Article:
In the background chapter of Jessa Crispin’s The Creative Tarot, she draws a connection between historical moments of rational imposition and resultant popular swings towards the mystical. The stripping of arcane, ritualistic elements from the Christian experience during the Reformation begat the mystery cults of the Counter-Reformation (Freemansonry, Rosecrutionism, etc). At the turn of the 20th century, the Occult, Spiritualist, and New Thought movements blossomed as the industrial revolution brought the world into sharp angles. Something similar appears to be happening at present: as we tumble headlong into The Age Of The Algorithm, we can look to the #WitchesOfInstragram, tarot specialists for the queer, trans, and nonbinary communities, or LSD-microdosing tech CEOs to shepherd us in our deep, human need for experiences beyond the rational.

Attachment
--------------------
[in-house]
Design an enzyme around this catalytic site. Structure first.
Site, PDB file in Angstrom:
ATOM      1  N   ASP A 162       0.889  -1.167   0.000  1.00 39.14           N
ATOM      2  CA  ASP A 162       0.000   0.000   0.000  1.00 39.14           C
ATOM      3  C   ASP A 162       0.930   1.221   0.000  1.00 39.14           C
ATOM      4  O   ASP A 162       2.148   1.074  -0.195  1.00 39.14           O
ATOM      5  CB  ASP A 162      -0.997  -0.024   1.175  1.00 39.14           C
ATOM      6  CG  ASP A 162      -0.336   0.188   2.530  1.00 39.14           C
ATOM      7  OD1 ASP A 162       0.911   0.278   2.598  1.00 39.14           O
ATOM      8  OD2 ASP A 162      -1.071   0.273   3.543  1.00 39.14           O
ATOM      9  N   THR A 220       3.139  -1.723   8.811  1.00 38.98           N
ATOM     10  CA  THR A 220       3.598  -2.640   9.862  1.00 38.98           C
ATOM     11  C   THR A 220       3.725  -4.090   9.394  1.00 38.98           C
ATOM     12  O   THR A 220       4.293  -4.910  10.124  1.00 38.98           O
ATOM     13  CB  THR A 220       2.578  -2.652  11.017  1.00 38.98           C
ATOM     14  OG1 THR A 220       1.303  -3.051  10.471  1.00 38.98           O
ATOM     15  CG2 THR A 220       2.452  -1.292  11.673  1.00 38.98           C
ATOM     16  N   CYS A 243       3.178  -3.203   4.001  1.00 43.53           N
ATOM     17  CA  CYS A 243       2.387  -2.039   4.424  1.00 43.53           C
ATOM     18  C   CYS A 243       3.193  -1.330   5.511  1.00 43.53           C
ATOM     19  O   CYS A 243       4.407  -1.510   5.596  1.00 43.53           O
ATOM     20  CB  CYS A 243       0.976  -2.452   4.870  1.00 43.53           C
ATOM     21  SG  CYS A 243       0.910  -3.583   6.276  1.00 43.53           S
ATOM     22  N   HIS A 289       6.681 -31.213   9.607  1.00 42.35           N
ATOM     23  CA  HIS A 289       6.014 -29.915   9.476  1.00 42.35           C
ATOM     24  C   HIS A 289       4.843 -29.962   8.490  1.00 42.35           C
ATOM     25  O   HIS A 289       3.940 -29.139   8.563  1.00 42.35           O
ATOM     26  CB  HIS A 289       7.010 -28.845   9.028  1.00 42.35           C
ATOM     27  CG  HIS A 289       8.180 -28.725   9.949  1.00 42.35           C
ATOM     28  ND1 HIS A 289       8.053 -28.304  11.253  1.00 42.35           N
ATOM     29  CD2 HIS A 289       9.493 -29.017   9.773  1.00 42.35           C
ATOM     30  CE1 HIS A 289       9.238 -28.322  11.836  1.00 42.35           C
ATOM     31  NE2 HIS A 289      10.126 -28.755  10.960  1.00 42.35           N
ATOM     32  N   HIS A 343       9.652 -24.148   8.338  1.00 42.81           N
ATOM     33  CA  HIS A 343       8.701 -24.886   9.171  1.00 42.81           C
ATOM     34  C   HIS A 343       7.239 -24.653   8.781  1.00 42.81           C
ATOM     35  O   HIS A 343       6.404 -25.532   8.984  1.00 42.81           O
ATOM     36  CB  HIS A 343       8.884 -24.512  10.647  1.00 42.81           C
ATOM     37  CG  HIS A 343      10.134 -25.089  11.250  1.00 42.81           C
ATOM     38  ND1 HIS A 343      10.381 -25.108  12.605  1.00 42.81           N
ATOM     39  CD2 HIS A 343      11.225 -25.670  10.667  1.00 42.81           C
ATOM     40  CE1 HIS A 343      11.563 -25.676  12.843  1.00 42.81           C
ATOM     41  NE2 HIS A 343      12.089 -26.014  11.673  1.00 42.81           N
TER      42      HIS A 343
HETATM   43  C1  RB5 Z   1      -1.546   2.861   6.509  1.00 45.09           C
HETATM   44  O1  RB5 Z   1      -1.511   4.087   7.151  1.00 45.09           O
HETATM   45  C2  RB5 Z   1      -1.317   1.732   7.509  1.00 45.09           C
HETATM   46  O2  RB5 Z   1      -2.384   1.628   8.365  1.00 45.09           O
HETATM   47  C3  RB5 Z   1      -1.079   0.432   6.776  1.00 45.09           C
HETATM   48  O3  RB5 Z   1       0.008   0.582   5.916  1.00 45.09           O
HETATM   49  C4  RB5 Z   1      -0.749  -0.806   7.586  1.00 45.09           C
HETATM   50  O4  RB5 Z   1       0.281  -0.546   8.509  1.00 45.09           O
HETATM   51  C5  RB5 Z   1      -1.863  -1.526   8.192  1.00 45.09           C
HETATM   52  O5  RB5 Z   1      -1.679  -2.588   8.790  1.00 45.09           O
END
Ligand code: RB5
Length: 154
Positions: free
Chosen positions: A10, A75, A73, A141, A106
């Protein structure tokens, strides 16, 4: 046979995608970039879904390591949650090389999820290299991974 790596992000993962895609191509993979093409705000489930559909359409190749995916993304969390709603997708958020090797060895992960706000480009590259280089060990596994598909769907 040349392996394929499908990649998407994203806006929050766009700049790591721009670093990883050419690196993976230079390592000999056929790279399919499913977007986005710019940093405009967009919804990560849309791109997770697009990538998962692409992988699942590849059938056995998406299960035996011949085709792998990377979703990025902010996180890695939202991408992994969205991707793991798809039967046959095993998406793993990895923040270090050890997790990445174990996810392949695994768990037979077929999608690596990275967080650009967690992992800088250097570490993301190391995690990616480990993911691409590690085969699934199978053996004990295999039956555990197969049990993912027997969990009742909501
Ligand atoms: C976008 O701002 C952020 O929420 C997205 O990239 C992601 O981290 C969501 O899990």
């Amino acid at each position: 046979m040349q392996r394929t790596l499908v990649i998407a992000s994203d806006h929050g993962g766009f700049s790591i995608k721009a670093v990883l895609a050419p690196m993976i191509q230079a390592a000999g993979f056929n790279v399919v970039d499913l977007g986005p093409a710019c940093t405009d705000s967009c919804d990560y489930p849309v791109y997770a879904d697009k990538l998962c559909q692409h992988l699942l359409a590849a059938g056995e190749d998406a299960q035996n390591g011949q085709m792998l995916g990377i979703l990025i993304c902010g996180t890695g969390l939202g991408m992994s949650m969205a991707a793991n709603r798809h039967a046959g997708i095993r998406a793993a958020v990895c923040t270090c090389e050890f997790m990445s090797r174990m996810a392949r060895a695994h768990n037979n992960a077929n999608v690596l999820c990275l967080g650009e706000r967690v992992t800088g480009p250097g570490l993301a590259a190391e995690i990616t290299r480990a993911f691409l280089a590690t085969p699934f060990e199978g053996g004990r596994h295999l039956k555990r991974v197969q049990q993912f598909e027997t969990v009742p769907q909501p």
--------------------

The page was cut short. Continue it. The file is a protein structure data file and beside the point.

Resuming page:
There remains something endlessly fascinating and deeply unsettling about SHC, because its resultant artifacts breech philosophy and discourse in the most shocking possible way. A decade after the final 1991 revision of Fire From Heaven, a paper in the Journal of Forensic Science presented results from a series of experiments related to “the wick effect” in pig corpses; providing enough facts and figures to allow the unimaginative to rest a little easier at night. But in the end, only one thing is certain: While occultists, scientists, and mystics quarrel over the evidence, somewhere a person ignites without warning and burns to a pile of waxy cinders.

Devin Smith is a musician and nonfiction writer in San Francisco. See his website for a full list of projects.